One interesting subtype of defendant, parenthetically, is the person with a law degree. In John Grisham's The Partner, n65 Gulfcoast attorney Patrick Lanigan is tracked down in Brazil and brought back to Mississippi for trial, but he has prepared an airtight defense in advance and is  [*484]  able to cop a plea. In Scott Turow's Presumed Innocent, n66 prosecutor Rusty Sabich is tried by prosecutors Nico Della Guardia and Timmy Molto for allegedly murdering prosecutor Carolyn Polhemus. The abundance of prosecutors notwithstanding, the novel and the movie it spawned offer the intriguing conversion of a prosecutor into a defense lawyer by virtue of the prosecutor's own prosecution! While as a prosecutor Sabich dreaded trying cases before Larren Lyttle, a pro-defendant judge, Sabich is gleeful when Lyttle is assigned to his case. Indeed, Lyttle's role in the case turns out to be even more helpful than Sabich anticipated.

Law professors and law students might also note that they might be asked to step forward in a pop cultural trial. In Trial, n67 a law school professor played by Glenn Ford is about to be fired because he has no trial experience, a standard that would doom many law professors to unemployment. The professor tries to save his job by representing a young defendant charged with murder, but he is fired in the middle of the case. Luckily for him, he is rehired for the sentencing hearing. He performs well, and his juvenile client only has to go to reform school. Two snotty law students fare less well in Compulsion. n68 Even with a lawyer played by Orson Welles, the law students each get life plus ninety-years for kidnapping and killing a child.

C. Plot
While setting and characters remain largely stationary in the pop cultural courtroom, the courtroom trial itself moves through time. This plot (or subplot if the courtroom trial is just part of a larger story) is, in essence, a sequence of actions and developments. n69 Here, too, the reader or viewer encounters the predictable. Almost always, the courtroom trial in American cultural works has two opening statements, a stretch of examinations and cross-examinations, two closing statements, and a jury verdict.

As for the opening statements, the prosecutor goes first and usually has something coherent and convincing to present. In fact, the prosecutor often bursts with confidence and bravado. Picture in this regard the  [*485]  sneering face of Hamilton "Ham" Burger, the prosecutor destined to be trounced weekly in the Perry Mason television series. The defense's opening statement, by contrast, is often more tentative, revealing uncertainties and creating doubt that the defense has any chance at all. For both statements in the visual media, close-ups of the faces of the prosecutor and defense counsel are abundant, and as noted earlier, viewers look often into the lawyers' faces as if stationed behind the jurybox.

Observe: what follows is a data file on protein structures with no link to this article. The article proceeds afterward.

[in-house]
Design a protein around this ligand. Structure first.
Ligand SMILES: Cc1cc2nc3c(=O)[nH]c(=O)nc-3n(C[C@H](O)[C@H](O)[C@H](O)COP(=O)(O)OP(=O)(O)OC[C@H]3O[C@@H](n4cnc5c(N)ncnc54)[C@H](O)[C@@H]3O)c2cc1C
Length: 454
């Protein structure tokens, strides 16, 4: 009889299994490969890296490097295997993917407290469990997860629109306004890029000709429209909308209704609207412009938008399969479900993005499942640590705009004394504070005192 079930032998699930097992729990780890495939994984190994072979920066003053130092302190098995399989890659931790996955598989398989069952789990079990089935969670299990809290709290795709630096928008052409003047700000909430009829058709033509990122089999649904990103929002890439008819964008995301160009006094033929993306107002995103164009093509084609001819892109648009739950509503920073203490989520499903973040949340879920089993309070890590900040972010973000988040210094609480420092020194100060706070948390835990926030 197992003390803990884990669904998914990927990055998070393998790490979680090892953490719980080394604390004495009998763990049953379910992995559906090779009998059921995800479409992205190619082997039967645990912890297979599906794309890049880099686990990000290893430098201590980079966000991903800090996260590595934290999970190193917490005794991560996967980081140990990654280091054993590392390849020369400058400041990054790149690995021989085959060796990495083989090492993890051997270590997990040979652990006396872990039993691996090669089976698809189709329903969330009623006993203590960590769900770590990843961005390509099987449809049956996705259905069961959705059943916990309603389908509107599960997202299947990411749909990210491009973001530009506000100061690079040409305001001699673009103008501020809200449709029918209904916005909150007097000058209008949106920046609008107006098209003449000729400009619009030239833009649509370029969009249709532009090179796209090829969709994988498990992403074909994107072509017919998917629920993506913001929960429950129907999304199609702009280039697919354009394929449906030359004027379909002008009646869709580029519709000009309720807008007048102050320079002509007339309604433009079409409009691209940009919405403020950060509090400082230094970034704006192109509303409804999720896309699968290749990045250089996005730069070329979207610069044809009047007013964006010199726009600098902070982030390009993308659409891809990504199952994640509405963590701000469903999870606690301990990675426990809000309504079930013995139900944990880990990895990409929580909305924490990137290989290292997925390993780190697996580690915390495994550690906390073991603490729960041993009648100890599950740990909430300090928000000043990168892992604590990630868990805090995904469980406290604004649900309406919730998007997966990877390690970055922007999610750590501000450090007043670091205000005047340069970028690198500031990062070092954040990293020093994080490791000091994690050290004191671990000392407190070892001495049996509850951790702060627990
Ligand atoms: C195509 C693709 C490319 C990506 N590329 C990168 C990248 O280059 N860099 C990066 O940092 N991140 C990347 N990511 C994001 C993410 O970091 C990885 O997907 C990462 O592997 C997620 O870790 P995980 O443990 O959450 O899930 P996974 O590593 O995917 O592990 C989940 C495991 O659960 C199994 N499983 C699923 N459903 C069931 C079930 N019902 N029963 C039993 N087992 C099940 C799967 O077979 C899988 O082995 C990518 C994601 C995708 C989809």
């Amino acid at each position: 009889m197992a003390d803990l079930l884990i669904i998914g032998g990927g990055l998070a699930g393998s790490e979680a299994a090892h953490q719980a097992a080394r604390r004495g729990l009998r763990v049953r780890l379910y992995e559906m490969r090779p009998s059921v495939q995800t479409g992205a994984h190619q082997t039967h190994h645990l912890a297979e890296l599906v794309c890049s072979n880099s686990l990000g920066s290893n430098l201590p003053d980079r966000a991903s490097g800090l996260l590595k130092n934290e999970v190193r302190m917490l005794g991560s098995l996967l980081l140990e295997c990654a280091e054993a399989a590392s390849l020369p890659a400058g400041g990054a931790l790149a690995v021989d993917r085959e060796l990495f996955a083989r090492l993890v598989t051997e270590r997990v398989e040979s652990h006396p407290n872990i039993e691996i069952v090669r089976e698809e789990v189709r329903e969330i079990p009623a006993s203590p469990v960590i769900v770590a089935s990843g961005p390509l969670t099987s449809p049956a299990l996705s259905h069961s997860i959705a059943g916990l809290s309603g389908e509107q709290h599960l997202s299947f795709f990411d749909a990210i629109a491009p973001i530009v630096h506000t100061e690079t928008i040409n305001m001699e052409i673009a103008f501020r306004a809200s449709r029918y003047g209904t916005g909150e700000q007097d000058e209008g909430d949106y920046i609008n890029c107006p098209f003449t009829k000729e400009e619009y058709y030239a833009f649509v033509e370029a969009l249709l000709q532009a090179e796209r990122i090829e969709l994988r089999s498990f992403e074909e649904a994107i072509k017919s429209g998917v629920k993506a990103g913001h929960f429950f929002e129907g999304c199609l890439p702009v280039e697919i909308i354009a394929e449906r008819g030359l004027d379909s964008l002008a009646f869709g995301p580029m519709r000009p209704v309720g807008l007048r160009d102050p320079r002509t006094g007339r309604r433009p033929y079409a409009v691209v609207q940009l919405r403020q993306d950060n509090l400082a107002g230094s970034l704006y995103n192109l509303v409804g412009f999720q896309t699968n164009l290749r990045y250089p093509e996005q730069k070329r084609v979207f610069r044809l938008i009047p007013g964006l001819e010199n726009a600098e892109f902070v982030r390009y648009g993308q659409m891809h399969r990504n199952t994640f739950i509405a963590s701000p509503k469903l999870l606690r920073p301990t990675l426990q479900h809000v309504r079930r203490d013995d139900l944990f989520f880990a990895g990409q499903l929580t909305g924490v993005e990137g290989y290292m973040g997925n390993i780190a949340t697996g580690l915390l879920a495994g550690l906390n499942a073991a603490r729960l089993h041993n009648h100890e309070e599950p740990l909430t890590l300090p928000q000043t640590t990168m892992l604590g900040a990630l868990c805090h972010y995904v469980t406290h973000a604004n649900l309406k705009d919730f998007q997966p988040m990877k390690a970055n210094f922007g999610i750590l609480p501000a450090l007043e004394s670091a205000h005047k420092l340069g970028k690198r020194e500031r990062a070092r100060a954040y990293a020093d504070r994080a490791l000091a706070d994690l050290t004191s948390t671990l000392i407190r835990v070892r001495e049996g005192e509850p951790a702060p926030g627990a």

At the end of the opening statements, communications professor Carol J. Clover points out, "There is an abrupt shift of gears, almost a change of tense, as we enter the examination phase." n70 The syntactic story lines of the opening statements gives way to disordered, sometimes confusing fragments offered by the two sides. This stage of the courtroom trial, Clover says, is "narrative parataxis - a stretch of textual bits and pieces, without coordinating conjunctions, as causally unbound as possible." n71

Put more colloquially, a scrambled, potentially exciting variety of drama unfolds. Physical pieces of evidence usually surface, but even more powerful is the cultural version of direct examination and cross-examination. Standing in the "well" - the flat, unadorned space at the foot of the bench and adjacent to the jurybox - the lawyers lead and grill witnesses, experts, and defendants. In some cases people on the stand are exposed as liars; in other cases they break down on the stand and either identify the guilty party or confess. Invariably, disputes occur as to whether particular questions or whole lines of questioning are permissible, and the judge must rule while both sides pout, gloat, and imply the other side is cheating. Clover describes the process as "an exercise in more-or-less anxious plot making and unmaking." n72